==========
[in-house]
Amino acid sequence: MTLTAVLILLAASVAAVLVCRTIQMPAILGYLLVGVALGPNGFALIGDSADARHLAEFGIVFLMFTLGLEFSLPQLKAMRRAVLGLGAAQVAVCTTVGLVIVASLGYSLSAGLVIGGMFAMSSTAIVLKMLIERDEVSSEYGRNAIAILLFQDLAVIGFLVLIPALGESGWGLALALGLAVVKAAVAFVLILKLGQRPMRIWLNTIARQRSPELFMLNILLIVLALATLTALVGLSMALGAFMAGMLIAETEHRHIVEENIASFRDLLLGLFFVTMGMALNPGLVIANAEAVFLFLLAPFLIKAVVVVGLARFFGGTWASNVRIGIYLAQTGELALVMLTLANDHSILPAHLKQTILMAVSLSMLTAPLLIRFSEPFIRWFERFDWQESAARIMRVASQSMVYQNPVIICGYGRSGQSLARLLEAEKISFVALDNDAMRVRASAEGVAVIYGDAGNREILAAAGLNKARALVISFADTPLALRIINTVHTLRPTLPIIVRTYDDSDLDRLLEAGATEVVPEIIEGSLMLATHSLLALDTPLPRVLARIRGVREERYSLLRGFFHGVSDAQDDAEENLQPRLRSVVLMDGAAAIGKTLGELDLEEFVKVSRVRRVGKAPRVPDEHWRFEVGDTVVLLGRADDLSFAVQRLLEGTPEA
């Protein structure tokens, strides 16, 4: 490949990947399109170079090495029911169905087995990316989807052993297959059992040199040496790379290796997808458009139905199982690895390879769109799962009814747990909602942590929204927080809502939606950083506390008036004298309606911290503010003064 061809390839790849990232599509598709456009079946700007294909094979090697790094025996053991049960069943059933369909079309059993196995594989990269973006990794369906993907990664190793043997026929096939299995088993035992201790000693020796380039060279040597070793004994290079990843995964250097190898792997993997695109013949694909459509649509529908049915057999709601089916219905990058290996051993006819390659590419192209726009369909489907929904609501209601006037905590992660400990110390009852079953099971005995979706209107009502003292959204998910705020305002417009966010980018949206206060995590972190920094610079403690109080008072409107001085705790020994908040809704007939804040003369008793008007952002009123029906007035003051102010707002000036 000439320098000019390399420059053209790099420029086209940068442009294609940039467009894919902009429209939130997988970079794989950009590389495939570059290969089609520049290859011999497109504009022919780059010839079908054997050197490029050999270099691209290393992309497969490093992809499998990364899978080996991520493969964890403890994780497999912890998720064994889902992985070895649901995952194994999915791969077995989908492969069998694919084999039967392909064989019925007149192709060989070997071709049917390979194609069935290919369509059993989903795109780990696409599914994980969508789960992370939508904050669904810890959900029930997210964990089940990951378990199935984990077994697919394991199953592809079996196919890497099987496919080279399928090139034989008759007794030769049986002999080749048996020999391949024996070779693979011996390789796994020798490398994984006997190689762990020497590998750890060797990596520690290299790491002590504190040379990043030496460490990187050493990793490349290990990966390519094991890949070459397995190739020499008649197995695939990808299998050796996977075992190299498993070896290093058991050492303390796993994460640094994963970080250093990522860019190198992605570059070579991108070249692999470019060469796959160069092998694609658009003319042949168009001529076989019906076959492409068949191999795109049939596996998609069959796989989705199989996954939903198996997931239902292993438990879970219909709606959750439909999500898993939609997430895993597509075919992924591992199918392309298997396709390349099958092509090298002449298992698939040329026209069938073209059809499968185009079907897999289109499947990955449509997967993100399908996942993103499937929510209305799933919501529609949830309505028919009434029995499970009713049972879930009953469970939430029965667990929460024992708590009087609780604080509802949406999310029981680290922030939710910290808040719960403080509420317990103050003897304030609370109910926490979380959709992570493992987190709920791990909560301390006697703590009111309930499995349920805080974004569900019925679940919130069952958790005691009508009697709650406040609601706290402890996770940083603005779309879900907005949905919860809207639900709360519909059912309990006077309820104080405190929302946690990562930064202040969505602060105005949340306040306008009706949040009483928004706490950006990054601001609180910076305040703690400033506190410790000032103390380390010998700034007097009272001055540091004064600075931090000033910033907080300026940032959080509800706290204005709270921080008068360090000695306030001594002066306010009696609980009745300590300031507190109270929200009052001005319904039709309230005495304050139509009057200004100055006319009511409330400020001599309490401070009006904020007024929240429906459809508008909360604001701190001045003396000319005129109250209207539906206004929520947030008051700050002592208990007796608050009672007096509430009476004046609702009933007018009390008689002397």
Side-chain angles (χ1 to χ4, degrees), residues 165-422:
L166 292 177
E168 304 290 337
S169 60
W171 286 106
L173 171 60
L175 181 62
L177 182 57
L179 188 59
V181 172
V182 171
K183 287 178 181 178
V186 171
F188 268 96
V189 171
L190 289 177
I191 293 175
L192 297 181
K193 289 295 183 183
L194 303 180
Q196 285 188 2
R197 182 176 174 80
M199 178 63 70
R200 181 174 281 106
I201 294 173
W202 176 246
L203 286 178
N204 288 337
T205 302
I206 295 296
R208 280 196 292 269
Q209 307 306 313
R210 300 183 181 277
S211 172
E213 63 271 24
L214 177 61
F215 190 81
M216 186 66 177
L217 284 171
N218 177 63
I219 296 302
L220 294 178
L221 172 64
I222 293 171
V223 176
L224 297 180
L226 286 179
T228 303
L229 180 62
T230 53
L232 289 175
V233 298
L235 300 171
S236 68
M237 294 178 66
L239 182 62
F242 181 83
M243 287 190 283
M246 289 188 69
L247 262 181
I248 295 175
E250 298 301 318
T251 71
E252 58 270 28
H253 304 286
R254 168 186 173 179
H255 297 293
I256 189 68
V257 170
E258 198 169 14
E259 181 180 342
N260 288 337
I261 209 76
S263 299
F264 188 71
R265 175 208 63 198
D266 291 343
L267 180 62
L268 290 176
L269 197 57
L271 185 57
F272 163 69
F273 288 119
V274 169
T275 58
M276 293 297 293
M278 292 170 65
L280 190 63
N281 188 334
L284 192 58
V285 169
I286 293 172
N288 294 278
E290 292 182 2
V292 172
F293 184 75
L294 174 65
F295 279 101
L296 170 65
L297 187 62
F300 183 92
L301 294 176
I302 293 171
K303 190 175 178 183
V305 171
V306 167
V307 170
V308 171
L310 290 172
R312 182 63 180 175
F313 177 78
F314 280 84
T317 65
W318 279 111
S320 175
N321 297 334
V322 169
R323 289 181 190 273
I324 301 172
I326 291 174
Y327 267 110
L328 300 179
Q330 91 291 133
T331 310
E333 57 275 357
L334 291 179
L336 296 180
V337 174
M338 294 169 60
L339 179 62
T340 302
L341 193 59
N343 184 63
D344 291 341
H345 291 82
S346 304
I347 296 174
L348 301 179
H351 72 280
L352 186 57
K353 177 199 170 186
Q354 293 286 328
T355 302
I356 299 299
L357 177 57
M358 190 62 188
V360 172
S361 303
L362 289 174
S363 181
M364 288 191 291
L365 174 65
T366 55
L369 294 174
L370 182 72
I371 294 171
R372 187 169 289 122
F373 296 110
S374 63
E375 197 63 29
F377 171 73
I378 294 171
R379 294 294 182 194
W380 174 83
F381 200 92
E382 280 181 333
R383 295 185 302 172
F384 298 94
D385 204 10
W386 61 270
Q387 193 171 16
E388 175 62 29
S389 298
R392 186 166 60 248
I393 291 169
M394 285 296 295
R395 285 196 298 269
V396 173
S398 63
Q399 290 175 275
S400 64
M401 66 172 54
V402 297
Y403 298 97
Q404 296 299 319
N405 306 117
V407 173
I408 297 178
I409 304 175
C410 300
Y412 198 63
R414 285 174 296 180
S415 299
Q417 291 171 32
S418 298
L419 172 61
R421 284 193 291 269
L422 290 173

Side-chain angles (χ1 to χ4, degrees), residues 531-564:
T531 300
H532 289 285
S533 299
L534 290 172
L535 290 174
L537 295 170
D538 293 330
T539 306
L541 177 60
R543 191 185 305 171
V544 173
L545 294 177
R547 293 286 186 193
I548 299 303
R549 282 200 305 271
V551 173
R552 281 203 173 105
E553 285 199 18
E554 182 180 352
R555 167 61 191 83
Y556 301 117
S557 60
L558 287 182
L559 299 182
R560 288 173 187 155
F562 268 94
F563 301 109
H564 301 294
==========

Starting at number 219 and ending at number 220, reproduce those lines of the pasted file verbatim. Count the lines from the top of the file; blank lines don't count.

R552 281 203 173 105
E553 285 199 18